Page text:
The Federal Communications Commission assigned 511 as a number for travelers to call for up-to-the-minute traffic and transportation information.
A nationwide number, local jurisdictions will decide how it will be used in their areas. Since the number is not federally mandated, areas are not required to use it.
"It's going to just explode," said Bill Jones of the Intelligent Transportation Systems Joint Program Office. "Congestion is just too big of a problem."
A number of states already began switching over or preparing to install 511 and many jurisdictions should have them in place by the first half of next year, said Jones. There are currently more than 300 local numbers nationwide to call for travel-related information. The 511 number will provide travelers a recognizable number that can be accessed anywhere.
"No matter where you go, you'll be able to get information," he says. "When people have information, they are able to make good choices about transportation."
The number will initially cover highway and transit. Travelers will be able to check on routes, modes and times of travel.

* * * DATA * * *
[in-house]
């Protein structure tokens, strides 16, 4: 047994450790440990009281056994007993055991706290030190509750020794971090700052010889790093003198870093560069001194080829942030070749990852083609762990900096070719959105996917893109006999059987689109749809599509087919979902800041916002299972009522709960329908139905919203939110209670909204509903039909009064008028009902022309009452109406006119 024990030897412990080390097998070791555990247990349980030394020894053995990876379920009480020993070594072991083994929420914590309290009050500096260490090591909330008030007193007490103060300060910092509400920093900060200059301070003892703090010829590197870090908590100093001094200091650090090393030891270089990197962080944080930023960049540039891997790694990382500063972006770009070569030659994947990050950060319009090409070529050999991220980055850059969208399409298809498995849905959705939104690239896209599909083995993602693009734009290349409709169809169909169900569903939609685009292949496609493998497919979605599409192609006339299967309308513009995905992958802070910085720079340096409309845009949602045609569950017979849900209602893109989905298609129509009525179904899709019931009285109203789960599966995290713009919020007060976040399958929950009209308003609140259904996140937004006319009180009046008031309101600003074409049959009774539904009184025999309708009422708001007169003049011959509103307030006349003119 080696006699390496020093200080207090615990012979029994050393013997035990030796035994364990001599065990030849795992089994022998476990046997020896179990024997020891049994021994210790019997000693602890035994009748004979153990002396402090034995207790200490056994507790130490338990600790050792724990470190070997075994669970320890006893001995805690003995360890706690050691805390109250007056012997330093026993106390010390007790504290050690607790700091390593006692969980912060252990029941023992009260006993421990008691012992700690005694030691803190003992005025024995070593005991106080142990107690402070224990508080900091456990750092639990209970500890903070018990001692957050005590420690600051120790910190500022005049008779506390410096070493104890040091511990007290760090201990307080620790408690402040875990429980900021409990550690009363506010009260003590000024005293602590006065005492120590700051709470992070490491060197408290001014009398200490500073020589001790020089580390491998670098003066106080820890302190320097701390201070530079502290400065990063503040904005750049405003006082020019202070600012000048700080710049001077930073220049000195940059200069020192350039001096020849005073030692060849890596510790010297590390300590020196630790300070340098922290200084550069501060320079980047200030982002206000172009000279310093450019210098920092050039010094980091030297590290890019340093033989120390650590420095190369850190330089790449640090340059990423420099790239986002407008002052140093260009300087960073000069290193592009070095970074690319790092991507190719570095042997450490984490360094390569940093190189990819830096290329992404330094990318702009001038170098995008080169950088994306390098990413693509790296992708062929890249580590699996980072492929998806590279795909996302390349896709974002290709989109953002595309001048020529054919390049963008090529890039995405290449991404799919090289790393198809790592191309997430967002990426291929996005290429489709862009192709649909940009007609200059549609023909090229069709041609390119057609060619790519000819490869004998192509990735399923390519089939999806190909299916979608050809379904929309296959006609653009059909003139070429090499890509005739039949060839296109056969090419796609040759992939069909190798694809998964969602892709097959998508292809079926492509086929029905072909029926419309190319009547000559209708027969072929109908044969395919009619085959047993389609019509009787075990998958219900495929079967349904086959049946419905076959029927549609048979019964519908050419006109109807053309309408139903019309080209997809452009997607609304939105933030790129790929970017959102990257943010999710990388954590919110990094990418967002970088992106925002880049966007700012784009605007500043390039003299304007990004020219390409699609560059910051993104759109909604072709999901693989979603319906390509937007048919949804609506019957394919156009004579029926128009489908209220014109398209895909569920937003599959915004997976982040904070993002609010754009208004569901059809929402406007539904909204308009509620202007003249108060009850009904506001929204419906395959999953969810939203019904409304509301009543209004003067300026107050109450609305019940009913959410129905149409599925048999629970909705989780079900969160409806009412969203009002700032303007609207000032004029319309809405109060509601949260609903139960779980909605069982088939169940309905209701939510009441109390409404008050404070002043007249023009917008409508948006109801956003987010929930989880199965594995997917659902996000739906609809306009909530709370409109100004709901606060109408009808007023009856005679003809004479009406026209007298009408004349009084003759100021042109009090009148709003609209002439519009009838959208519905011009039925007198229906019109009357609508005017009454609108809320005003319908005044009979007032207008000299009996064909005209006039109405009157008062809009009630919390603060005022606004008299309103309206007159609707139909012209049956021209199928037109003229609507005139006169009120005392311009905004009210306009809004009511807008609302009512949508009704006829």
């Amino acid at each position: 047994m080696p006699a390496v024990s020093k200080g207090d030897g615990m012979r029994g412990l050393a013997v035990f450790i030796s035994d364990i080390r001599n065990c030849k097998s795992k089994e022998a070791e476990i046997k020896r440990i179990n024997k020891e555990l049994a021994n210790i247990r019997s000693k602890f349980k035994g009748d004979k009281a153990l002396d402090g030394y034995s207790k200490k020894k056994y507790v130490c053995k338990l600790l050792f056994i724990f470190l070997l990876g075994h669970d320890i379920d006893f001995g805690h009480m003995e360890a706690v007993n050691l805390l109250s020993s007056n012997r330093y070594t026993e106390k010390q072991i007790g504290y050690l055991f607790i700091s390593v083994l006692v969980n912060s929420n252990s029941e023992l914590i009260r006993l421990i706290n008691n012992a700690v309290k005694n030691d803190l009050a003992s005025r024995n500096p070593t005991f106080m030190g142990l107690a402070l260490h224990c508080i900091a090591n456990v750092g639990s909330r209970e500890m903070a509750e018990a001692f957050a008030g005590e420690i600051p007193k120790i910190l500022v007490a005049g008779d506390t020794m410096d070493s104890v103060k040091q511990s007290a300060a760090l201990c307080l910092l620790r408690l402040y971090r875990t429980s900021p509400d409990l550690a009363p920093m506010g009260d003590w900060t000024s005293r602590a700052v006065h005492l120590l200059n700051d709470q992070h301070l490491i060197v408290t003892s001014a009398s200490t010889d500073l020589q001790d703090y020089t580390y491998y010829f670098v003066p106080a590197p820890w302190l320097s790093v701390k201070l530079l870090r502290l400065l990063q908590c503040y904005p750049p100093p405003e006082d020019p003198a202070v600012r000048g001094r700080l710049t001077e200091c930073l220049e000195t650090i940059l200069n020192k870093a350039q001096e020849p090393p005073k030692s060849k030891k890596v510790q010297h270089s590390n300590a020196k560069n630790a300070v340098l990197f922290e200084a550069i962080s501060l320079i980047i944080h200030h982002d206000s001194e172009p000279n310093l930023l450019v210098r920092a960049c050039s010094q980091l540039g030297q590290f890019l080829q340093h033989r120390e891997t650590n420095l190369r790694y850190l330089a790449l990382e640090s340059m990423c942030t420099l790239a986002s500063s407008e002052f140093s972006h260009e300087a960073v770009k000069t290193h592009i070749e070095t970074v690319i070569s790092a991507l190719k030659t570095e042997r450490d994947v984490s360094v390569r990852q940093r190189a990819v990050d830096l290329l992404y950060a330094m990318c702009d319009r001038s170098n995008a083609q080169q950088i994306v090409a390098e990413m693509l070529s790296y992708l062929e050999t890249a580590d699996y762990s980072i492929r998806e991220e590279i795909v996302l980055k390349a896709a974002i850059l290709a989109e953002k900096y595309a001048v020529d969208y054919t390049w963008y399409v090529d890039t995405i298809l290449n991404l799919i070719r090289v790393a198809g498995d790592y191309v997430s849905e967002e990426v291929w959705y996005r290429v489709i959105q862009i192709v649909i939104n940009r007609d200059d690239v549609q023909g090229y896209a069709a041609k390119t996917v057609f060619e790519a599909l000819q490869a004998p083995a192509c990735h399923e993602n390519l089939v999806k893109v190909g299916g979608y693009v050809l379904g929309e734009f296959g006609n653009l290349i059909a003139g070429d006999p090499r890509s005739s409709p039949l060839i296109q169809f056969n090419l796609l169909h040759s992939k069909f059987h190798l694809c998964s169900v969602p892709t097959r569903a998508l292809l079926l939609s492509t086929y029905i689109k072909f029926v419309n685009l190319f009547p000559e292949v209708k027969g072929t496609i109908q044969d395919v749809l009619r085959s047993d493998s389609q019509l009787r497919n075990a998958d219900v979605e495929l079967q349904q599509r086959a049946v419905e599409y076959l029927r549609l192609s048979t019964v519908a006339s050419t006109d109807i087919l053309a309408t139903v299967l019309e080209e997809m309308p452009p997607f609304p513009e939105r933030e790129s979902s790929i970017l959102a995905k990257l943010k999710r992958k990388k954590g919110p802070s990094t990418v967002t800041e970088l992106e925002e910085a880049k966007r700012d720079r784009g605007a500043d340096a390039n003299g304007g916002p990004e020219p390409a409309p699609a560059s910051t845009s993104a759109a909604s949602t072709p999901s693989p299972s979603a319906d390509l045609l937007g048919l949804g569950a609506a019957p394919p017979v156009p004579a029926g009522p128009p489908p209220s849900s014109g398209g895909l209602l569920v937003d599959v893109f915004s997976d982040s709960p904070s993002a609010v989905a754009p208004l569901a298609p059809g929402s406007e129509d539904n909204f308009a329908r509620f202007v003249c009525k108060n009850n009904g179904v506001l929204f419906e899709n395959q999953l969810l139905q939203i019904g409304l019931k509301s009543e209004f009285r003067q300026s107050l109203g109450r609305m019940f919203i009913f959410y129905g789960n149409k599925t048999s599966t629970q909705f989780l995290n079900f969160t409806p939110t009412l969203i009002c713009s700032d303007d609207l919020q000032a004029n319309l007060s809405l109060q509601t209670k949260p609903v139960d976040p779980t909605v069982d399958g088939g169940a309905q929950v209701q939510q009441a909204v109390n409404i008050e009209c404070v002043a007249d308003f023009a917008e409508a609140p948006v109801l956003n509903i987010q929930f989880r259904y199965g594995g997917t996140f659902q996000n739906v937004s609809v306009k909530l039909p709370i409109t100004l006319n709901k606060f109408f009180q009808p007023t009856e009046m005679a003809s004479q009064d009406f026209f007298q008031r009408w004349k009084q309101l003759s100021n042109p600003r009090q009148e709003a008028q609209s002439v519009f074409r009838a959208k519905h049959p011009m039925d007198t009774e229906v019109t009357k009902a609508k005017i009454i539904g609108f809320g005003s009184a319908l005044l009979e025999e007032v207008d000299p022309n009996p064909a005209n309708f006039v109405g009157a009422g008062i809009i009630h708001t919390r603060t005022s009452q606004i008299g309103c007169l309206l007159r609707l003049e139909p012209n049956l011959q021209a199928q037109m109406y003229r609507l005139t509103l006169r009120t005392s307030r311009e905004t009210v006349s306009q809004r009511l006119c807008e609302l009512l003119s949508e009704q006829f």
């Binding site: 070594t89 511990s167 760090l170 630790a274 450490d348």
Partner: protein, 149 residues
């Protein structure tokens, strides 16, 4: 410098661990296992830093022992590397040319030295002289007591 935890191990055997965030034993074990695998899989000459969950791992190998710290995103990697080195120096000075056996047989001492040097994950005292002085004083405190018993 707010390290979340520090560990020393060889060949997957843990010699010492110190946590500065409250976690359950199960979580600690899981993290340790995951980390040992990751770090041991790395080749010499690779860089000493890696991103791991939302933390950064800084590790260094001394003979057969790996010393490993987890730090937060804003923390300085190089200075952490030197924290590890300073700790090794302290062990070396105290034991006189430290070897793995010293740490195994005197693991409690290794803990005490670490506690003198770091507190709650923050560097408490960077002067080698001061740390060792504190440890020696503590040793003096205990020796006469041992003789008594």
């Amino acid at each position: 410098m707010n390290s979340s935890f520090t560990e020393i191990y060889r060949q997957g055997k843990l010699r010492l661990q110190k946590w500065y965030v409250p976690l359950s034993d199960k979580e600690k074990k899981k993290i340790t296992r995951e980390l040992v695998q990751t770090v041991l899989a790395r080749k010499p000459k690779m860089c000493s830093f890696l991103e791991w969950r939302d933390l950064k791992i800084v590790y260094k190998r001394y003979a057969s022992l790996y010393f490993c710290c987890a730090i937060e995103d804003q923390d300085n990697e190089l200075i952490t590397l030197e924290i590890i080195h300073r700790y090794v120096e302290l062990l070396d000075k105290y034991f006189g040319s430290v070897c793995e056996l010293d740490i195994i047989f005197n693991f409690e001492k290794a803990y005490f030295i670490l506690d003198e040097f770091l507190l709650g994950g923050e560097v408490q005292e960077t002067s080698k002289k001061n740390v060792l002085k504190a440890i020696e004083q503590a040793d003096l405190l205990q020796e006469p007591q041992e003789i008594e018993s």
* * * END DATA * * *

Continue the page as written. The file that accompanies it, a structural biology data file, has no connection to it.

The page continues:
The federal government provided a framework, but use of the number depends on state and local needs. The estimated cost of converting an existing traveler information number is less than $50,000, according to the U.S. Department of Transportation. The DOT established a $5 million grant to help jurisdictions make the switch. Implementation and conversion to 511 are eligible for federal highway funding and individual areas can receive funding up to $50,000.
The DOT suggest the following as some guidelines for implementing 511:
Make sure you have regional cooperation.
Designate a single person or agency to deal with state regulatory agencies or telecommunications carriers.
Decide who will take the call, the agency or the phone company.
Determine if callers will have free access to the service or if there will be a per-call surcharge.
For more on 511 go to www.its.dot.gov/511/511.htm.